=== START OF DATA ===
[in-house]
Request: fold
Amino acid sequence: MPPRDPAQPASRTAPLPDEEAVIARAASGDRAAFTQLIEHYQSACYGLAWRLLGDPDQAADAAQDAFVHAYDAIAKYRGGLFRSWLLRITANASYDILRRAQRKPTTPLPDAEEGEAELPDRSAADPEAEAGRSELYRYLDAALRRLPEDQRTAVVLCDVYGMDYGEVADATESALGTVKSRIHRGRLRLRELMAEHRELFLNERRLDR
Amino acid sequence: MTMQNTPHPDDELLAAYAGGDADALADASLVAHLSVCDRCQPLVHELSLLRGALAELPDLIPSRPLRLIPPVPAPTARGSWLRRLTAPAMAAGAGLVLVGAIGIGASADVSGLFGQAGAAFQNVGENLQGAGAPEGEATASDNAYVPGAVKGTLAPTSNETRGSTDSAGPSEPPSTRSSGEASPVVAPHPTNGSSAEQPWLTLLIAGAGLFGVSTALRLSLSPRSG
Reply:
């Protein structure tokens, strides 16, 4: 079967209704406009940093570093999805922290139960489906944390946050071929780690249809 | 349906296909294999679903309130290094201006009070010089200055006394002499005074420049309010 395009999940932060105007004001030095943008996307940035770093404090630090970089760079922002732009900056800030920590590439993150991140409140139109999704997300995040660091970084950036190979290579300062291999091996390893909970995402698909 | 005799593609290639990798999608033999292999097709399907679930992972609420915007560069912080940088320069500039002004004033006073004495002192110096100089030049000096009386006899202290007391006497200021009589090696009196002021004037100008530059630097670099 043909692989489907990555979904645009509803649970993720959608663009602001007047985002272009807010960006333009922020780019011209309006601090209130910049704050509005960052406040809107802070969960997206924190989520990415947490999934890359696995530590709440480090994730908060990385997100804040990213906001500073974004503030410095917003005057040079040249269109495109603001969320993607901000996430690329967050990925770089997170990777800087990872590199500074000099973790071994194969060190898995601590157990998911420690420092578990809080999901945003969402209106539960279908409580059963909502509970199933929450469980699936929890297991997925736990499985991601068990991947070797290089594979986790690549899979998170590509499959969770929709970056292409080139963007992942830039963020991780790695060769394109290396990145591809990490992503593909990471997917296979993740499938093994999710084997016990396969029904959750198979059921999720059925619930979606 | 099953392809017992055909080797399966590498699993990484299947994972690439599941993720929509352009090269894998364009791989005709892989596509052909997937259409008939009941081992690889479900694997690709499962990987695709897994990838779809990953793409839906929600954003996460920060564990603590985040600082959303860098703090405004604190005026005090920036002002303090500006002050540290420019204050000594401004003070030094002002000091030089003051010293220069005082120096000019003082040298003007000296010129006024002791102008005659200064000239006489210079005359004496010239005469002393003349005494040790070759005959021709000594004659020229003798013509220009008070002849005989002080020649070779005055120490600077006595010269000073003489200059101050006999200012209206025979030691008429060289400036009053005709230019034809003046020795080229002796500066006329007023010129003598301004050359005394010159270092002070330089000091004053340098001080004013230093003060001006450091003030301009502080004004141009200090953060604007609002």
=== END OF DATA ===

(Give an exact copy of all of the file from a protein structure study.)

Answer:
[in-house]
Request: fold
Amino acid sequence: MPPRDPAQPASRTAPLPDEEAVIARAASGDRAAFTQLIEHYQSACYGLAWRLLGDPDQAADAAQDAFVHAYDAIAKYRGGLFRSWLLRITANASYDILRRAQRKPTTPLPDAEEGEAELPDRSAADPEAEAGRSELYRYLDAALRRLPEDQRTAVVLCDVYGMDYGEVADATESALGTVKSRIHRGRLRLRELMAEHRELFLNERRLDR
Amino acid sequence: MTMQNTPHPDDELLAAYAGGDADALADASLVAHLSVCDRCQPLVHELSLLRGALAELPDLIPSRPLRLIPPVPAPTARGSWLRRLTAPAMAAGAGLVLVGAIGIGASADVSGLFGQAGAAFQNVGENLQGAGAPEGEATASDNAYVPGAVKGTLAPTSNETRGSTDSAGPSEPPSTRSSGEASPVVAPHPTNGSSAEQPWLTLLIAGAGLFGVSTALRLSLSPRSG
Reply:
């Protein structure tokens, strides 16, 4: 079967209704406009940093570093999805922290139960489906944390946050071929780690249809 | 349906296909294999679903309130290094201006009070010089200055006394002499005074420049309010 395009999940932060105007004001030095943008996307940035770093404090630090970089760079922002732009900056800030920590590439993150991140409140139109999704997300995040660091970084950036190979290579300062291999091996390893909970995402698909 | 005799593609290639990798999608033999292999097709399907679930992972609420915007560069912080940088320069500039002004004033006073004495002192110096100089030049000096009386006899202290007391006497200021009589090696009196002021004037100008530059630097670099 043909692989489907990555979904645009509803649970993720959608663009602001007047985002272009807010960006333009922020780019011209309006601090209130910049704050509005960052406040809107802070969960997206924190989520990415947490999934890359696995530590709440480090994730908060990385997100804040990213906001500073974004503030410095917003005057040079040249269109495109603001969320993607901000996430690329967050990925770089997170990777800087990872590199500074000099973790071994194969060190898995601590157990998911420690420092578990809080999901945003969402209106539960279908409580059963909502509970199933929450469980699936929890297991997925736990499985991601068990991947070797290089594979986790690549899979998170590509499959969770929709970056292409080139963007992942830039963020991780790695060769394109290396990145591809990490992503593909990471997917296979993740499938093994999710084997016990396969029904959750198979059921999720059925619930979606 | 099953392809017992055909080797399966590498699993990484299947994972690439599941993720929509352009090269894998364009791989005709892989596509052909997937259409008939009941081992690889479900694997690709499962990987695709897994990838779809990953793409839906929600954003996460920060564990603590985040600082959303860098703090405004604190005026005090920036002002303090500006002050540290420019204050000594401004003070030094002002000091030089003051010293220069005082120096000019003082040298003007000296010129006024002791102008005659200064000239006489210079005359004496010239005469002393003349005494040790070759005959021709000594004659020229003798013509220009008070002849005989002080020649070779005055120490600077006595010269000073003489200059101050006999200012209206025979030691008429060289400036009053005709230019034809003046020795080229002796500066006329007023010129003598301004050359005394010159270092002070330089000091004053340098001080004013230093003060001006450091003030301009502080004004141009200090953060604007609002």